There are a number of procedural safeguards built into Florida laws that are designed to ensure that a person charged with a crime gets a fair trial without any preconceived notion of guilt. Those safeguards are particularly important in Florida sex crime cases, which often carry a certain stigma based on the allegations involved. Sometimes when those rules are broken, however, it may still not be enough to justify a new trial. Just look at a recent case out of Florida’s First District Court of Appeal.
A defendant was charged with lewd and lascivious molestation of a person, stemming from an alleged incident involving a friend of his young daughter. The 11-year-old girl was staying at the defendant’s home one night when he allegedly entered the room in which she was sleeping and “rubbed the victim’s genital region,” according to the court. In an opening statement at trial, a state prosecutor referred to the defendant as a “boogeyman.” During trial, the prosecution also introduced evidence testimony about what the victim said happened. He was eventually convicted.
The defendant later appealed the conviction, asserting that the trial judge made a number of errors. He argued, for instance, that the judge should have granted a new trial after the prosecutor called the defendant a “boogeyman” during the opening statement. The First District noted, however, that his lawyer objected to the characterization and that the trial judge sustained that objection. Although the prosecutor’s comment was inappropriate, the appeals court said it wasn’t enough to justify a new trial. The court pointed to a 2017 decision in a different case, in which it found that a prosecutor’s reference to a defendant as a “creature that stalked the night” did not warrant a new trial.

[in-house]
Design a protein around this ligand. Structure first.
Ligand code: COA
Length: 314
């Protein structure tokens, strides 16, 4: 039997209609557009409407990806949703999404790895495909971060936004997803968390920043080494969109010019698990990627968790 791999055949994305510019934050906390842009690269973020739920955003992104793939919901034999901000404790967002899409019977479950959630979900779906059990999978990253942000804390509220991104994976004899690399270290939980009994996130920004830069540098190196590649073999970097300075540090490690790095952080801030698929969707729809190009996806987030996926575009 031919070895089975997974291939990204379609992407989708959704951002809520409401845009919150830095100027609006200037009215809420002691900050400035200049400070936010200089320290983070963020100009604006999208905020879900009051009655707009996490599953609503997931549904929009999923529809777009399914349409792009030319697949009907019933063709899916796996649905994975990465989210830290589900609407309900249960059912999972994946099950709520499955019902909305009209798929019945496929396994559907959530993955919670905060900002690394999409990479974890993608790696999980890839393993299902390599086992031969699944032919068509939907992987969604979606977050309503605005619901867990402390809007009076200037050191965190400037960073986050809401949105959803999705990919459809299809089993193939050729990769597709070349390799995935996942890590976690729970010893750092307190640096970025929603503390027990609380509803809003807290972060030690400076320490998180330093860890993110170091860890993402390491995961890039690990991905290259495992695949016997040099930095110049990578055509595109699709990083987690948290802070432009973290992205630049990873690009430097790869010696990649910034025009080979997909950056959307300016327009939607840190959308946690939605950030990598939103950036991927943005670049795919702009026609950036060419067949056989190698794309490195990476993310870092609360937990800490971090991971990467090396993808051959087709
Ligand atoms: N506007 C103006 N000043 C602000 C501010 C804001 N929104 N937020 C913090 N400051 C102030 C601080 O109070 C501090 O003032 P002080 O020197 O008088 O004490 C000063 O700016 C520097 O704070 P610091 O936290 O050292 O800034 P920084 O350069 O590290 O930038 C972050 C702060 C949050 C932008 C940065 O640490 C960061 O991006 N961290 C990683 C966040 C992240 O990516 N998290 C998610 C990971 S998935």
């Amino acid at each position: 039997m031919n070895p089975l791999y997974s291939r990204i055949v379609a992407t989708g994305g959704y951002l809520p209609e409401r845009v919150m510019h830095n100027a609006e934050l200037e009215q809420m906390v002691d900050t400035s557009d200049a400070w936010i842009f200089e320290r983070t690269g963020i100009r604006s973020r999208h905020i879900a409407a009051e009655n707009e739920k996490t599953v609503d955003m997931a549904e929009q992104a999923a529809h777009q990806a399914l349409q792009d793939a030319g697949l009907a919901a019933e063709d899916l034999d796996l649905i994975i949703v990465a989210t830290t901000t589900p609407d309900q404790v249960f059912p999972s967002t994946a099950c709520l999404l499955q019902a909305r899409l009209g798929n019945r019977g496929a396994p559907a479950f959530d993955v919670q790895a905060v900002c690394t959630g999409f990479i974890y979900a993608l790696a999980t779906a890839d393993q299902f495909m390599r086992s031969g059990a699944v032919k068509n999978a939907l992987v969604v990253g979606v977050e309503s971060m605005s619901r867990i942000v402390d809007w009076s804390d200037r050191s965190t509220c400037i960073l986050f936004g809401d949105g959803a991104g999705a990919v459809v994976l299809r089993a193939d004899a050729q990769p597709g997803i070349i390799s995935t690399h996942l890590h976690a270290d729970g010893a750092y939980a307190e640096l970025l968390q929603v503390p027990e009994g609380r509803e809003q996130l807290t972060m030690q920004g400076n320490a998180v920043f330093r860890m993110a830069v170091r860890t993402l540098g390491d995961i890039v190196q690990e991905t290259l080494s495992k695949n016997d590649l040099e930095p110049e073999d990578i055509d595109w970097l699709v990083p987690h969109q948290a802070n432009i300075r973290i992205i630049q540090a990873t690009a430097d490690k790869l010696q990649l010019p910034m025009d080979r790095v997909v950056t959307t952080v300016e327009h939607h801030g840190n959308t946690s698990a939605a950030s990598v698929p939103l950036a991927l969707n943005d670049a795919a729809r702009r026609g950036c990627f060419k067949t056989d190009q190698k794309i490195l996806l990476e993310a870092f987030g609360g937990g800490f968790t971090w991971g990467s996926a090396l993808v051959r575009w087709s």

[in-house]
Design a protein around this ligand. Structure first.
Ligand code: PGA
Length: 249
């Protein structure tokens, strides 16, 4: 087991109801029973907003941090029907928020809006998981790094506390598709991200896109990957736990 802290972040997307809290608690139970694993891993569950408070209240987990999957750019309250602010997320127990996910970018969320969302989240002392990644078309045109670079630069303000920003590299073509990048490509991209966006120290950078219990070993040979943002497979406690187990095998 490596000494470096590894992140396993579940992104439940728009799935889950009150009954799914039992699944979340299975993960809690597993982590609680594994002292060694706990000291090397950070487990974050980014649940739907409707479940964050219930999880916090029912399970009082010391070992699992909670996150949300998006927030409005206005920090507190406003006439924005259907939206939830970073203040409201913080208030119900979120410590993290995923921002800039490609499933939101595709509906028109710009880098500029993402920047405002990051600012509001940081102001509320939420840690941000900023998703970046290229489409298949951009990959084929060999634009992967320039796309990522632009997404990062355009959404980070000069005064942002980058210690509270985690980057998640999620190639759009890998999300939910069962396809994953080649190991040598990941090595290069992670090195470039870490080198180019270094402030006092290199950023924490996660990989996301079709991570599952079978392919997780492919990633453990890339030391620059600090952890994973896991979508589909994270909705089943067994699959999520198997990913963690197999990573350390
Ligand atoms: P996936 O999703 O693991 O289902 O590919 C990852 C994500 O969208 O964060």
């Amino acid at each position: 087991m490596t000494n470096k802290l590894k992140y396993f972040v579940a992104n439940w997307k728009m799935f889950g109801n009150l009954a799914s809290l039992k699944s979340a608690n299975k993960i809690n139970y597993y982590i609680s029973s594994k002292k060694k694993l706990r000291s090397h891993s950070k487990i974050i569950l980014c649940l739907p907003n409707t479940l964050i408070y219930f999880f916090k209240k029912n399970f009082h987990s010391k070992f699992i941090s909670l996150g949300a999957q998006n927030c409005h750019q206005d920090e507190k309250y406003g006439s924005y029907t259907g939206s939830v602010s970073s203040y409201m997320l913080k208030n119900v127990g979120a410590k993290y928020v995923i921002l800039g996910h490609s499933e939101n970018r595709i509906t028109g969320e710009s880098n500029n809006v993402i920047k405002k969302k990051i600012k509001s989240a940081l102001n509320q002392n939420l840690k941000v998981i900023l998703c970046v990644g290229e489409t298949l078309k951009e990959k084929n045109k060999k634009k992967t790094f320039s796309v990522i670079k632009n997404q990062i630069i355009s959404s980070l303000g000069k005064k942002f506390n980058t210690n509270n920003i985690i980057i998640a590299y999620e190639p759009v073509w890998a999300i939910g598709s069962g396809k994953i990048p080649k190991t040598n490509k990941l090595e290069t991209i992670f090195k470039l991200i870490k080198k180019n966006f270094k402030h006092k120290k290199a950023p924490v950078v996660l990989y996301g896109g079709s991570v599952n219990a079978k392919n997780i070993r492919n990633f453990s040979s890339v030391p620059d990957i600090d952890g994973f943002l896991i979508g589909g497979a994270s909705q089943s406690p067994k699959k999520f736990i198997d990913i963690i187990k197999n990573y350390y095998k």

The defendant also argued that the court should not have allowed the prosecutors to introduce hearsay evidence from others who were told by the victim what the defendant allegedly did to her. Florida law generally bans one person from testifying about what another person said outside court, if it’s being used to prove that what the person said is true. There are a number of exceptions to this general rule, however, including for out-of-court statements by a child victim. State law allows those hearsay statements to be introduced as evidence when the child testifies or is unavailable as a witness, and the court finds that the circumstances and content of the statement “provide sufficient safeguards of reliability.” In this case, the Court said the trial judge properly allowed the evidence to be considered.
As a result, the First District affirmed the defendant’s conviction.
If you or a loved one has been charged with lewd and lascivious molestation in Florida, it is essential that you seek the advice and counsel of an experienced lawyer. Clearwater sex crime attorney Will Hanlon is a seasoned lawyer who fights aggressively on behalf of clients charged with a wide range of offenses. Call our offices at (727) 897-5413 or contact us online to speak with Mr. Hanlon about your case.
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